In the Strategic Process, the Church must have clearly established goals and actions. These actions necessarily need to be accomplished over a period of time. Normally most experts say 5-7 years. Too fast a change can have the effect of no change. Revitalization takes time; we have all heard this over and over. But there can be a “push” to “get it done” that just puts too much at one time on the congregation. We have heard that we must have small wins to create a willingness to make bigger changes. Use the Wins to keep the Church moving. Once the Church has made the turn from drifting and declining, a great amount of effort has to be expended to get it to go upstream. As with a boat, it will take a lot of horsepower to move the boat forward; this is just as true for the Church. While the Strategic Process is at work, the congregation must be Strengthened. The Spirit of Revival can be this catalyst. Just as Nehemiah had the task of building the Temple Walls, he had to motivate the people to build. Nehemiah had an Ezra to help him “renew the spirit” of the people. As a consequence the “people had a mind to work” and the walls were complete in 52 days! [Nehemiah 6:15] People forget quickly what God has done. If Revitalization is going to be successful, the Church must believe again in the power of Jesus.

While the task of building the Wall was accomplished; there was so much more that needed to be done. This is likewise true in Revitalization. This is where the Long Range Planning Team [LRPT] comes in to the picture. Establishing a LRPT will act as the fuel for the engine to travel up stream. The goal of Revitalization is never just to turn the boat around! There must be in the Strategic Process the answer to the question – “Where are we going?” The LRPT establishes the course to get to the new destination. These course plans will have to be long, medium and short term. A typical format would have a 3, 5 and 10 year outlook of plans and actions to be accomplished. Now word of caution; this LRPT is an on-going process; it is part of the new DNA of the Church. The Church faltered because it “had arrived” so to speak and quit. To prevent the cycle from recurring, develop a continuous course. To do this when the 3 year plan has been implanted, the 5 year now becomes the 3 year and the 10 year plans become the 5 year. This means there is a new 10 year plan to be envisioned, and the subsequent cycle continues. Obviously, a church cannot continue to build building and the like, so the LRPT must include things like new staff positions, church planting and missions’ involvement. As a Revitalizationist, we must also be visionaries. We cannot be content with bringing a Church back from the depths of decline and death; we must enable them to become healthy and reproductive; and all of this will take time; a lot of time. When I read about Churches that have been Revitalized, it usually includes a long-termed pastor and on-going leadership and shepherding of the Congregation. This is why the Long Range Planning Team is important, it sustains the initial movement to head the right direction; but also provides the enthusiasm to stay on the journey. Happy Sailing!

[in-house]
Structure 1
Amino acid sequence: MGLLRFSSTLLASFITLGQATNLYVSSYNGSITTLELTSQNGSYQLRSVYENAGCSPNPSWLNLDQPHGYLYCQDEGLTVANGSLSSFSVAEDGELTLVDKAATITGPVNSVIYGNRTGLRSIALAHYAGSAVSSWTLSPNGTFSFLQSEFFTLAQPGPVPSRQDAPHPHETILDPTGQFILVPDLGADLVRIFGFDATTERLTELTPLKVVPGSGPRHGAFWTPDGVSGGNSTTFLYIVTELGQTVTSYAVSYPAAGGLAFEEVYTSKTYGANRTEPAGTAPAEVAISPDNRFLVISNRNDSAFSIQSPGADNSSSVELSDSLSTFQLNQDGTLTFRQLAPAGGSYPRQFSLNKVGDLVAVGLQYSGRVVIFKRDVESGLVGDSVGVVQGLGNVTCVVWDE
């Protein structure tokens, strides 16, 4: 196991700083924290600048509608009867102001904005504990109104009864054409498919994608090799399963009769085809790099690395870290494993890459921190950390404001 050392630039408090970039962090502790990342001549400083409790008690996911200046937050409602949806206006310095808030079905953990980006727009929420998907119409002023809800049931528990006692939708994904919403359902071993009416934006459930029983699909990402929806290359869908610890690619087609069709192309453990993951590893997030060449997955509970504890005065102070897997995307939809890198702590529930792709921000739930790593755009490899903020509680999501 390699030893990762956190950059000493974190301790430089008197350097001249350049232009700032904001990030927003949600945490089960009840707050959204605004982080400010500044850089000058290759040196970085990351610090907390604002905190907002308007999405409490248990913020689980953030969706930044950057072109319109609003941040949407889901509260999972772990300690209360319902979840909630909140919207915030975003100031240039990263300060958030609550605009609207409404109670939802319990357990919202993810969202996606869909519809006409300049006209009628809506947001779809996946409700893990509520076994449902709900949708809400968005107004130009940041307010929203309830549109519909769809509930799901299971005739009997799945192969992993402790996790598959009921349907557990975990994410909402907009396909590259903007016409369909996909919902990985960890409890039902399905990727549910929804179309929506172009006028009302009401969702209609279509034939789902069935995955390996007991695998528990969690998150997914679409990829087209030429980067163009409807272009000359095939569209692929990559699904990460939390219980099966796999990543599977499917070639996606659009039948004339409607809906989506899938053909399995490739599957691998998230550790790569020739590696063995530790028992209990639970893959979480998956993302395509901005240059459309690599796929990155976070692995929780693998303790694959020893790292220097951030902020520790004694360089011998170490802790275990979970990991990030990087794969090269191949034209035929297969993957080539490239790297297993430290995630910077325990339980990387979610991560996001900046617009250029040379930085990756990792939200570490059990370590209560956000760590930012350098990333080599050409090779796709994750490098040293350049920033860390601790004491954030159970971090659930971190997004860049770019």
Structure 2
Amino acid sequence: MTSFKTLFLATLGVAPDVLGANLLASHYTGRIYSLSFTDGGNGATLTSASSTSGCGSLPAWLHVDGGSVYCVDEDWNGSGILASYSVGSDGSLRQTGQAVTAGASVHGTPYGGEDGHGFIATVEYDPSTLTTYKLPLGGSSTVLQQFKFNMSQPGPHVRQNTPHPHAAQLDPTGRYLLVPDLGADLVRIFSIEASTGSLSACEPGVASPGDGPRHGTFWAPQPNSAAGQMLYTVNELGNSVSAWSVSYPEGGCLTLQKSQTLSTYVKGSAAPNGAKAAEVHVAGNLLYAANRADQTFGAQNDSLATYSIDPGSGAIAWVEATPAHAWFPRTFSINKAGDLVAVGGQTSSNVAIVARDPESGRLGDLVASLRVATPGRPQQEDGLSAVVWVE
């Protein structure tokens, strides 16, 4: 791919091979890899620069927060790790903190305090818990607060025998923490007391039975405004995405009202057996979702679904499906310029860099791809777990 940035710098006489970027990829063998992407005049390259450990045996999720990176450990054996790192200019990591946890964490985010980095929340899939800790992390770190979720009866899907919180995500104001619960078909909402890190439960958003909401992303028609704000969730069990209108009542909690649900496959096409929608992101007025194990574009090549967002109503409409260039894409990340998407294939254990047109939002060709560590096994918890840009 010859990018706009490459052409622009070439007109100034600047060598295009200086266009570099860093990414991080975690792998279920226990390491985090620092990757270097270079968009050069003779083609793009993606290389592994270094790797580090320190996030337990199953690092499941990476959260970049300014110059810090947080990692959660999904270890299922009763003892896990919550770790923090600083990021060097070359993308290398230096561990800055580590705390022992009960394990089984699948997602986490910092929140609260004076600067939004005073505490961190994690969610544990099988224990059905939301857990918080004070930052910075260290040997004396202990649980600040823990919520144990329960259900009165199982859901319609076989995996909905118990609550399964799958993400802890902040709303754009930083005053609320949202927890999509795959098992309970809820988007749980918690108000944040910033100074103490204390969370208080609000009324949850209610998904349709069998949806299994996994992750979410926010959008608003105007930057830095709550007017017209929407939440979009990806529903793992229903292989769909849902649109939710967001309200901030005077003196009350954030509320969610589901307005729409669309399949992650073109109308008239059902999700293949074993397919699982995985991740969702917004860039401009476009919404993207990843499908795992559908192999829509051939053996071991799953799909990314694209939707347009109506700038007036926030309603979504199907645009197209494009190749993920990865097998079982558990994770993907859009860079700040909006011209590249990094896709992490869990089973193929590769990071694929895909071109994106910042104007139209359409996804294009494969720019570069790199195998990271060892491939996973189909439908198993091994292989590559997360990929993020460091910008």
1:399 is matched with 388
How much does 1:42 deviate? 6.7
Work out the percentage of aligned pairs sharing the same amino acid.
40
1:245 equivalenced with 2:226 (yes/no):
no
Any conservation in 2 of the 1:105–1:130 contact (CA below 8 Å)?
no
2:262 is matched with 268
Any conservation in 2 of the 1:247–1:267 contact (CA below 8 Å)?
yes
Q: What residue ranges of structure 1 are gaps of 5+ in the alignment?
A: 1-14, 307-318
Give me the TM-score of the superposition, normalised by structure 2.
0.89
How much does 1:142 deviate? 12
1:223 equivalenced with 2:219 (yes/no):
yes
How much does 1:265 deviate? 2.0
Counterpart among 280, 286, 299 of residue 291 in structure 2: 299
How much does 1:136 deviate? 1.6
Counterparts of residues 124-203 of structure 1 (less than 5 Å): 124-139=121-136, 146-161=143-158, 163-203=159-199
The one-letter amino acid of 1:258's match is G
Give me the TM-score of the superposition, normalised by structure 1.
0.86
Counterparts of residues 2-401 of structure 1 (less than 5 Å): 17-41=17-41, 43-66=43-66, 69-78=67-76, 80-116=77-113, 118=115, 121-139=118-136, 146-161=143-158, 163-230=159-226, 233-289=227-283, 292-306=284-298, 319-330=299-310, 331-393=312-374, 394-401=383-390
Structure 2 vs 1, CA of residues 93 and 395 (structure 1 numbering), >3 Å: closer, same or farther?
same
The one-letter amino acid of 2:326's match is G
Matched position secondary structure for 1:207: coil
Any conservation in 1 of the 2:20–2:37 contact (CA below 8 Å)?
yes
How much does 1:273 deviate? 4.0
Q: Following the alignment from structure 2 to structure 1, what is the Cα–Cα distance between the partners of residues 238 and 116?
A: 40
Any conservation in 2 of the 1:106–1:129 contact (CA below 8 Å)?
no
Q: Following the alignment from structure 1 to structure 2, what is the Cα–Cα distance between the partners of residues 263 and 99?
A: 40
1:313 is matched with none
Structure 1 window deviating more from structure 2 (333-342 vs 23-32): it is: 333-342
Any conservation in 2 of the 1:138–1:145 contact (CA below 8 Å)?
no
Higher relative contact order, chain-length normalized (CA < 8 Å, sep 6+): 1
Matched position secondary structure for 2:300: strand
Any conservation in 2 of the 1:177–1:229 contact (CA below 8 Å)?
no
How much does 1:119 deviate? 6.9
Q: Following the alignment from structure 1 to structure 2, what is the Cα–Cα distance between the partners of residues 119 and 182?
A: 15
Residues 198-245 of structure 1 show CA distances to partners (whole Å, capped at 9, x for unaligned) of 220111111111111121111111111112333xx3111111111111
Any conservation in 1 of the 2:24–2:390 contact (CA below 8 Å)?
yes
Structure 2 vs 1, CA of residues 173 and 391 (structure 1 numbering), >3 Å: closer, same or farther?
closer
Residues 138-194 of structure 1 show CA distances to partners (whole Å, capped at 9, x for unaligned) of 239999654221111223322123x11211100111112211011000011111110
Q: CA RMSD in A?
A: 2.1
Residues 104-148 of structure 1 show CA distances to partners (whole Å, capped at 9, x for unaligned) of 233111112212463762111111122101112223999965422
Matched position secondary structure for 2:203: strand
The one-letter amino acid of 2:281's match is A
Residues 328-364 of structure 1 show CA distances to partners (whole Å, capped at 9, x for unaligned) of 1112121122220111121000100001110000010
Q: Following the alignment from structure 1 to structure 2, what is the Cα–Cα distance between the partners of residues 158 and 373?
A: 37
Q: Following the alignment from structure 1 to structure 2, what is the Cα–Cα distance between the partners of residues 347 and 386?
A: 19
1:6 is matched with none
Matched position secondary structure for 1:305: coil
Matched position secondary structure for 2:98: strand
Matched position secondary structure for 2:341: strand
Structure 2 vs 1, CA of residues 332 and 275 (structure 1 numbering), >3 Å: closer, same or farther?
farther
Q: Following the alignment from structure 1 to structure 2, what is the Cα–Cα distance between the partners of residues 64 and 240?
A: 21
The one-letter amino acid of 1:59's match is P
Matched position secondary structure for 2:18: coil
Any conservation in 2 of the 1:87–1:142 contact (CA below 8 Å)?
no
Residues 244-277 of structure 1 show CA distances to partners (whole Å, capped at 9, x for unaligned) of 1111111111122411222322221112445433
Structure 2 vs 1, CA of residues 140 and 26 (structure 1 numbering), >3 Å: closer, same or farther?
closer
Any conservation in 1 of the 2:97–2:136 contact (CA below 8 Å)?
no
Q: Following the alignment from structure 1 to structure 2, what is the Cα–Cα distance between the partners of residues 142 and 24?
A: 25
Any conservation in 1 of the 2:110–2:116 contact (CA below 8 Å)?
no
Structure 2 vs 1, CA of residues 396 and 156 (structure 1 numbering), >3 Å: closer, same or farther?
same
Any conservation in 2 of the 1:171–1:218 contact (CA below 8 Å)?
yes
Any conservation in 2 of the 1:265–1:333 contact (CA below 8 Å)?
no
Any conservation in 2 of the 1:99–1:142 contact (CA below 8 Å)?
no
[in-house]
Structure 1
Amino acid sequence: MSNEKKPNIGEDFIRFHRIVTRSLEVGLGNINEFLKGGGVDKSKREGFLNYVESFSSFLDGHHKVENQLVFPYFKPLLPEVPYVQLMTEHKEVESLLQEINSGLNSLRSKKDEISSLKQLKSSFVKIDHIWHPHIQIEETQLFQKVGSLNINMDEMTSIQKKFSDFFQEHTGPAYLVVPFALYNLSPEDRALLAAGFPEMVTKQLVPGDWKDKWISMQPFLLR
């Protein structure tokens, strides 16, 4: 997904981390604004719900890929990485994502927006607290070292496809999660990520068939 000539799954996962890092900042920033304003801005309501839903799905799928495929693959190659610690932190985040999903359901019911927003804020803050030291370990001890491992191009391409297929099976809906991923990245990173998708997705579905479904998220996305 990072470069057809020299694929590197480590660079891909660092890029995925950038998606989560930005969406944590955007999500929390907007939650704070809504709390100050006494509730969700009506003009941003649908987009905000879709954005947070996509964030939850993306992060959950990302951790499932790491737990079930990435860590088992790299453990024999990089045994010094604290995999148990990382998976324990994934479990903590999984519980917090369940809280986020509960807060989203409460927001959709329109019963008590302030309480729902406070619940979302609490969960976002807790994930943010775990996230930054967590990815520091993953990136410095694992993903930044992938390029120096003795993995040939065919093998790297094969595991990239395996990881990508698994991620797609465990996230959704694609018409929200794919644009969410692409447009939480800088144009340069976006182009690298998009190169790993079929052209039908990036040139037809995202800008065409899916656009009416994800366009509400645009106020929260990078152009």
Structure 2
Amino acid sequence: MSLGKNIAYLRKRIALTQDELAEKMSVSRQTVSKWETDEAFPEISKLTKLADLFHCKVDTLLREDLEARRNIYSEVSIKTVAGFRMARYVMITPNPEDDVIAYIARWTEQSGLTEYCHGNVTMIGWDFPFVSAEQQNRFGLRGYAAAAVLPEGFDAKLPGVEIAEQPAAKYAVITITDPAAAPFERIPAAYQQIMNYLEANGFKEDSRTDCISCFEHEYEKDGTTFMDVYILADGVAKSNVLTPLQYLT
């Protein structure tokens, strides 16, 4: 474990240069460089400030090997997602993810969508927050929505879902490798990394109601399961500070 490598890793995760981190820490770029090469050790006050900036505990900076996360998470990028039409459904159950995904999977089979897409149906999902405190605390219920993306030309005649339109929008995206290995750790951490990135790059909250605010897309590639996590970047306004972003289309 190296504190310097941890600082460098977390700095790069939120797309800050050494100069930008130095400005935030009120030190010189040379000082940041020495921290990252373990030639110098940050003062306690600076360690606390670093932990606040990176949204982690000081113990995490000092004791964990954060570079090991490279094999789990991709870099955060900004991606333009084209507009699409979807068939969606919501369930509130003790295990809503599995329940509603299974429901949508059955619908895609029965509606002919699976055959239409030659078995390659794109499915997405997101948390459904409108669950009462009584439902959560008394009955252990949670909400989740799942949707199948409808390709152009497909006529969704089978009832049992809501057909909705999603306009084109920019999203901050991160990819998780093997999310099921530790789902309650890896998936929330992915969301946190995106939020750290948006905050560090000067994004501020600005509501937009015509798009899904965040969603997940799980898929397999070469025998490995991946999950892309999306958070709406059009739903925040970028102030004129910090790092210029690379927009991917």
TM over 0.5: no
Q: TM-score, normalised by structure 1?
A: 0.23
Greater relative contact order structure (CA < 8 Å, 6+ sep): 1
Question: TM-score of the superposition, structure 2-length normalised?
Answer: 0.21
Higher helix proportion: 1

Leave a comment

Filed under Church Revitalization

Leave a Reply

Fill in your details below or click an icon to log in:

WordPress.com Logo

You are commenting using your WordPress.com account. Log Out / Change )

Twitter picture

You are commenting using your Twitter account. Log Out / Change )

Facebook photo

You are commenting using your Facebook account. Log Out / Change )

Google+ photo

You are commenting using your Google+ account. Log Out / Change )

Connecting to %s